Any amendments should be made in writing and duly signed. This is where having a good lawyer can be beneficial, as they can guide you through the process of contract negotiation and amendment.

The timeframe for completing all necessary paperwork and approvals after signing the contract can vary.

Typically, it can take several weeks to a few months, depending on various factors like the complexity of the transaction, the efficiency of the professionals involved, and the speed at which the relevant authorities process the required documents. During this period, the notary will finalize the searches and checks, and you'll need to secure any necessary financing and fulfill other contractual obligations.

A mistake in your due diligence could cost you thousands of dollars

Make sure you don't overlook critical checks when assessing the condition of your prospective property purchase. Avoid legal complications. Stay prepared, get our comprehensive guide.

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What are the common pitfalls happening during a property due diligence in Malta?

After our research and the feedback collected from our local real estate partners, we have written an article about the risks and pitfalls when buying a property in Malta.

In Malta, the due diligence process for residential real estate transactions has its unique risks and pitfalls, especially from a buyer's perspective.

One unique pitfall in Malta is the 'Ground Rent' (ċens) system. Some properties are subject to an annual rent paid to the original landowners. This system is not common in other countries and can be confusing for foreigners.

Buyers must check if the property is freehold (without ground rent) or leasehold (with ground rent) and understand the terms involved.

Foreigners often face risks related to understanding the local property laws and regulations. For instance, there are specific areas in Malta where foreigners can't buy property without a permit.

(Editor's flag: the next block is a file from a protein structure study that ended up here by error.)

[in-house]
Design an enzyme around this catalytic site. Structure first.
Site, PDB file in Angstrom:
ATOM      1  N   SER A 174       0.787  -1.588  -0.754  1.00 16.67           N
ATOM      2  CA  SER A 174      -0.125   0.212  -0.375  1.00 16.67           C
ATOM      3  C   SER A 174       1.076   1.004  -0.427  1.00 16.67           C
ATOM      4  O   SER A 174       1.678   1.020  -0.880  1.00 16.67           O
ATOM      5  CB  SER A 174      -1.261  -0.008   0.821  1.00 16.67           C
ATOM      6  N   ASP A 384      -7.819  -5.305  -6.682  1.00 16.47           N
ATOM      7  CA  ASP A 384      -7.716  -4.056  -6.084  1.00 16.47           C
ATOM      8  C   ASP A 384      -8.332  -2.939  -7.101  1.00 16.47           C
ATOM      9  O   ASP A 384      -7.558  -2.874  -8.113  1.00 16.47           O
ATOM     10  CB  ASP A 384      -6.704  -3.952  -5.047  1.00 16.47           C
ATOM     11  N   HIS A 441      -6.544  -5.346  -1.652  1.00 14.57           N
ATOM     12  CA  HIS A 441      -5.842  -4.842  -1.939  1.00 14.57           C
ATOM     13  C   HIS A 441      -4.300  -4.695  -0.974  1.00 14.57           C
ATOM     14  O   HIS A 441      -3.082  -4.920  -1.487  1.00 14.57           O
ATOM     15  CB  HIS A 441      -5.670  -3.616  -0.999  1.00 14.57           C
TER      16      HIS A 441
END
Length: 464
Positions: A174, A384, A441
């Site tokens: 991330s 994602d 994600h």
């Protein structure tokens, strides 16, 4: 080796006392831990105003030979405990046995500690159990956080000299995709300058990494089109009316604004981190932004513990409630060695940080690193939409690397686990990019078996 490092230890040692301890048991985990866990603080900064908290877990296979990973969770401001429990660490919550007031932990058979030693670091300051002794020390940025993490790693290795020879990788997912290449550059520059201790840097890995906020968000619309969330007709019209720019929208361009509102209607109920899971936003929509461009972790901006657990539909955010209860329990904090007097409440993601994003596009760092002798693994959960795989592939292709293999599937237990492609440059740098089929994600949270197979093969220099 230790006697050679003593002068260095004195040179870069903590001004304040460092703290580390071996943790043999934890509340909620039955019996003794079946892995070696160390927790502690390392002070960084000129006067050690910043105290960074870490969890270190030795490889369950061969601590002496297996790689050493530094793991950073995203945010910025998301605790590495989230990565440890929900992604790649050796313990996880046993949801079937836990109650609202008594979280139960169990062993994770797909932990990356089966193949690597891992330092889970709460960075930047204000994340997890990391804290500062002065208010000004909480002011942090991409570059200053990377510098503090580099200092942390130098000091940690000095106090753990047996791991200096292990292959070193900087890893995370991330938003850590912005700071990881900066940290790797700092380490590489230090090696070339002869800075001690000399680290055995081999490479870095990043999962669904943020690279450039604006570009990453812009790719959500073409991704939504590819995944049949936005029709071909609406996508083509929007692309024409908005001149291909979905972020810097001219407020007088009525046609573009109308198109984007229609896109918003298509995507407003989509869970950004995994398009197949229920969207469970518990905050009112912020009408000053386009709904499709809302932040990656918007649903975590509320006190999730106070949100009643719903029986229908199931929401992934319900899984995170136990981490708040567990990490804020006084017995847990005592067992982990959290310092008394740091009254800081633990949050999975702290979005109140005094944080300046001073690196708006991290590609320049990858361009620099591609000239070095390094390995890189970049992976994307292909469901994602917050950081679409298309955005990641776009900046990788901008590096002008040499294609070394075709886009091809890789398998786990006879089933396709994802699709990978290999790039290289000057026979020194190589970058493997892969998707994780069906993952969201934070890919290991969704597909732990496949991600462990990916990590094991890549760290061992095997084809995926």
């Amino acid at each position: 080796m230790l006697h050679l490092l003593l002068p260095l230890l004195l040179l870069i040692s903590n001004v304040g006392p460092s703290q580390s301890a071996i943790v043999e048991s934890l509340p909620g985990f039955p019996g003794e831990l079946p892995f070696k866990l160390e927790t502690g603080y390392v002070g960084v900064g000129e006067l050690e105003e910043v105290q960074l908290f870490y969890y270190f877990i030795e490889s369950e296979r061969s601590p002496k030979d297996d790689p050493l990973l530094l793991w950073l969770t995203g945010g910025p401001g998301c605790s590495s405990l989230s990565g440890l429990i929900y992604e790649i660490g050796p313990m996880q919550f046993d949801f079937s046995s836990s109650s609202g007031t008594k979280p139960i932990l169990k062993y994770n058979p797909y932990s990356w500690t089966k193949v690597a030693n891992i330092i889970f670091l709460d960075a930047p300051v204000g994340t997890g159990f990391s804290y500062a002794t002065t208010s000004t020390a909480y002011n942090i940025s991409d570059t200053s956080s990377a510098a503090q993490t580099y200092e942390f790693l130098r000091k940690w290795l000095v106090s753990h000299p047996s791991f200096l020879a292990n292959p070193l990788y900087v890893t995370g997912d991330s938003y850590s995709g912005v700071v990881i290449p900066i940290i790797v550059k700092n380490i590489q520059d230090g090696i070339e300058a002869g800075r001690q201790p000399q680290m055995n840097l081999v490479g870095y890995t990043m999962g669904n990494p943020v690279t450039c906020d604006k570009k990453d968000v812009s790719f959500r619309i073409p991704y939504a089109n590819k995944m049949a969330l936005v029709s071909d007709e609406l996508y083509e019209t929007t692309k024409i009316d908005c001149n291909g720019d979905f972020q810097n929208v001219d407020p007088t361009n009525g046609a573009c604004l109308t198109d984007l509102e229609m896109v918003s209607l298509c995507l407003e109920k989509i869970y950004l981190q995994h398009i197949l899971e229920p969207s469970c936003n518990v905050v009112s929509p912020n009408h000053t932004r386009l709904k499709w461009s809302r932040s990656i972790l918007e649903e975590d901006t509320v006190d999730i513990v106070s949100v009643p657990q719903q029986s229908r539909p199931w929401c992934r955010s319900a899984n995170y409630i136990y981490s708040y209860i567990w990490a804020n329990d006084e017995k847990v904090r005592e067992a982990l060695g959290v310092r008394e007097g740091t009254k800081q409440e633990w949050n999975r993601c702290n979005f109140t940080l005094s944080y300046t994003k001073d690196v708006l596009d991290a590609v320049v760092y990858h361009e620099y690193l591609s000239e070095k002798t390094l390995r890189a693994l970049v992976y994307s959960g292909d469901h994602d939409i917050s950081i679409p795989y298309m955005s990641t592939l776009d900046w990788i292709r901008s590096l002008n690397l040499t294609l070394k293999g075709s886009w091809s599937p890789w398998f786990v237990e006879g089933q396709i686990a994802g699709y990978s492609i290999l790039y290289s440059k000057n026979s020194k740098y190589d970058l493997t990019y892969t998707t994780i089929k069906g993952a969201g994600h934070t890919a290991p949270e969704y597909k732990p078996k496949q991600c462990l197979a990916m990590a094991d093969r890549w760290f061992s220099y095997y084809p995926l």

Additionally, language barriers can lead to misunderstandings in contract terms or legal obligations.

A real-life example could be the purchase of a property within a Special Designated Area (SDA). These are high-end developments where the restrictions on foreign buyers are less stringent.

However, the properties in SDAs are often more expensive, and foreigners might not be aware of cheaper options outside these areas.

Cultural and historical considerations also play a role.

Malta has many ancient buildings and heritage sites. Buying a property that is a part of or close to these sites can bring restrictions in terms of development and renovations. Understanding local heritage laws is crucial.

Regarding the law, Malta's property laws have some peculiarities.

For example, the 'promise of sale' agreement (konvenju) is a legally binding contract that commits both buyer and seller to the transaction, which is not the case in many other jurisdictions. This can be a pitfall if the buyer does not fully understand the commitment being made.

Common pitfalls in contracts include unclear terms about property defects, the transfer of ownership, and penalties for late payments or backing out of the deal.

It's crucial to have all terms clearly laid out and understood before signing.

To mitigate these risks, buyers should engage a reputable notary and possibly a lawyer. These professionals can help navigate the complexities of Maltese property law, translate and explain contract terms, and ensure that all legal requirements are met.

In terms of insurance, building insurance is recommended, especially given Malta's history of earthquakes. Additionally, considering contents insurance is wise, particularly for high-value properties or those with valuable contents.

In case of a dispute, the first step is usually negotiation or mediation. If these fail, legal avenues include going to court.

The Maltese courts handle property disputes, with the 'Court of Magistrates' (Qorti tal-Maġistrati) being the first instance for civil cases. The 'Civil Court' (Qorti Ċivili) handles more complex cases and appeals.

Get the full checklist for your due diligence in Malta

Don't repeat the same mistakes others have made before you. Make sure everything is in order before signing your sales contract.

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This article is for informational purposes only and should not be considered financial advice. Readers are advised to consult with a qualified professional before making any investment decisions. We do not assume any liability for actions taken based on the information provided.